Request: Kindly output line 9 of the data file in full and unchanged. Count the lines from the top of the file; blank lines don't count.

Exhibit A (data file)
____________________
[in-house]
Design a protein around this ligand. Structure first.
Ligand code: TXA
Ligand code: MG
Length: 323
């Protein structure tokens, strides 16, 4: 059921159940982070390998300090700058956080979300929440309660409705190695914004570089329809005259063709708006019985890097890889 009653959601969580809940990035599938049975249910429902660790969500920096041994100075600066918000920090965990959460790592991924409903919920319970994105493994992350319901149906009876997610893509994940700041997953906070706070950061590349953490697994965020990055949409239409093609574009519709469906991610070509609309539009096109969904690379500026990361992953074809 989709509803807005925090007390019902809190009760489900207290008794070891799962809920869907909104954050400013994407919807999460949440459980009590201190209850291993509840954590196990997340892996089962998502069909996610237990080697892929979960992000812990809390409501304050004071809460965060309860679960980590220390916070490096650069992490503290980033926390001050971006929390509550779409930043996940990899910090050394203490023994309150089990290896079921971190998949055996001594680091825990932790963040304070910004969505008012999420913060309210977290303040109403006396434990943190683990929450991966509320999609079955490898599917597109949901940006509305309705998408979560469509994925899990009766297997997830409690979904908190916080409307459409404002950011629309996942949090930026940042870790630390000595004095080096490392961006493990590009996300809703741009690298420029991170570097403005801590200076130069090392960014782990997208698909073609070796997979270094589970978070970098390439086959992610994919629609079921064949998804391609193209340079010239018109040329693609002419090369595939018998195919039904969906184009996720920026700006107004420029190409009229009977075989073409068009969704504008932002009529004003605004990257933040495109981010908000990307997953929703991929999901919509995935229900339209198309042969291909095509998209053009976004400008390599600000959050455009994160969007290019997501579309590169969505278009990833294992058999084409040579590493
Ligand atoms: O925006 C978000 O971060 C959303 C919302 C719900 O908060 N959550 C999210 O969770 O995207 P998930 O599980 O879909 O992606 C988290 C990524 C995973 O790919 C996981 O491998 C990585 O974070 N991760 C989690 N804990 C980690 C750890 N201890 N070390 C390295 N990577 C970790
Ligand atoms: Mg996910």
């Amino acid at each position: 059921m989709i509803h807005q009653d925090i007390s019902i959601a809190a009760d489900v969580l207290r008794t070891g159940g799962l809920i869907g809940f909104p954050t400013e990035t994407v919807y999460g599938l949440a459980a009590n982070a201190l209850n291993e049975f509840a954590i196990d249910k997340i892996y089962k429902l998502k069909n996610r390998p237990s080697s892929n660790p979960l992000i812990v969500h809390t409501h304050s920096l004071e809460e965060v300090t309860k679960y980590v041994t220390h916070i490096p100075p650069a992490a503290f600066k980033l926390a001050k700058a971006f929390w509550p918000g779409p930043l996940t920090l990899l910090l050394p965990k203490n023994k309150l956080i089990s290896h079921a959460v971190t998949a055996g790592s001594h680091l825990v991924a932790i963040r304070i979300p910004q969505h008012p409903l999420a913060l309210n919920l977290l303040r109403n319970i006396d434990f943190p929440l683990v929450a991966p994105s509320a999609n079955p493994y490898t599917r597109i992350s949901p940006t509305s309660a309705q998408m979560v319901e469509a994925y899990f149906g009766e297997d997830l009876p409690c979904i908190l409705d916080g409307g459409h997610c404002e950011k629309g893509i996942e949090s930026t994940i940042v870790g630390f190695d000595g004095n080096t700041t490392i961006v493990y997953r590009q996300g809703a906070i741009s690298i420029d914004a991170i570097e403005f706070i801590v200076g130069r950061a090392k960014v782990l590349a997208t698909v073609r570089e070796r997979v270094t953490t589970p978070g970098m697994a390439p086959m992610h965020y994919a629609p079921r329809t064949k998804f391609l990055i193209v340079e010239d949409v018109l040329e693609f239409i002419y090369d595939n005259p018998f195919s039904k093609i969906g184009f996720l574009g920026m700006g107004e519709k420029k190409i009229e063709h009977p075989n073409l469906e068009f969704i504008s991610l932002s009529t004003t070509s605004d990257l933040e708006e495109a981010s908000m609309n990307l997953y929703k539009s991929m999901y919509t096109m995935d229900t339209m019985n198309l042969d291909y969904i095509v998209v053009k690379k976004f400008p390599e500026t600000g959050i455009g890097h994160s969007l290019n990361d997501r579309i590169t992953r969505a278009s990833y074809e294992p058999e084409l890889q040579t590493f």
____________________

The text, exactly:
């Amino acid at each position: 059921m989709i509803h807005q009653d925090i007390s019902i959601a809190a009760d489900v969580l207290r008794t070891g159940g799962l809920i869907g809940f909104p954050t400013e990035t994407v919807y999460g599938l949440a459980a009590n982070a201190l209850n291993e049975f509840a954590i196990d249910k997340i892996y089962k429902l998502k069909n996610r390998p237990s080697s892929n660790p979960l992000i812990v969500h809390t409501h304050s920096l004071e809460e965060v300090t309860k679960y980590v041994t220390h916070i490096p100075p650069a992490a503290f600066k980033l926390a001050k700058a971006f929390w509550p918000g779409p930043l996940t920090l990899l910090l050394p965990k203490n023994k309150l956080i089990s290896h079921a959460v971190t998949a055996g790592s001594h680091l825990v991924a932790i963040r304070i979300p910004q969505h008012p409903l999420a913060l309210n919920l977290l303040r109403n319970i006396d434990f943190p929440l683990v929450a991966p994105s509320a999609n079955p493994y490898t599917r597109i992350s949901p940006t509305s309660a309705q998408m979560v319901e469509a994925y899990f149906g009766e297997d997830l009876p409690c979904i908190l409705d916080g409307g459409h997610c404002e950011k629309g893509i996942e949090s930026t994940i940042v870790g630390f190695d000595g004095n080096t700041t490392i961006v493990y997953r590009q996300g809703a906070i741009s690298i420029d914004a991170i570097e403005f706070i801590v200076g130069r950061a090392k960014v782990l590349a997208t698909v073609r570089e070796r997979v270094t953490t589970p978070g970098m697994a390439p086959m992610h965020y994919a629609p079921r329809t064949k998804f391609l990055i193209v340079e010239d949409v018109l040329e693609f239409i002419y090369d595939n005259p018998f195919s039904k093609i969906g184009f996720l574009g920026m700006g107004e519709k420029k190409i009229e063709h009977p075989n073409l469906e068009f969704i504008s991610l932002s009529t004003t070509s605004d990257l933040e708006e495109a981010s908000m609309n990307l997953y929703k539009s991929m999901y919509t096109m995935d229900t339209m019985n198309l042969d291909y969904i095509v998209v053009k690379k976004f400008p390599e500026t600000g959050i455009g890097h994160s969007l290019n990361d997501r579309i590169t992953r969505a278009s990833y074809e294992p058999e084409l890889q040579t590493f």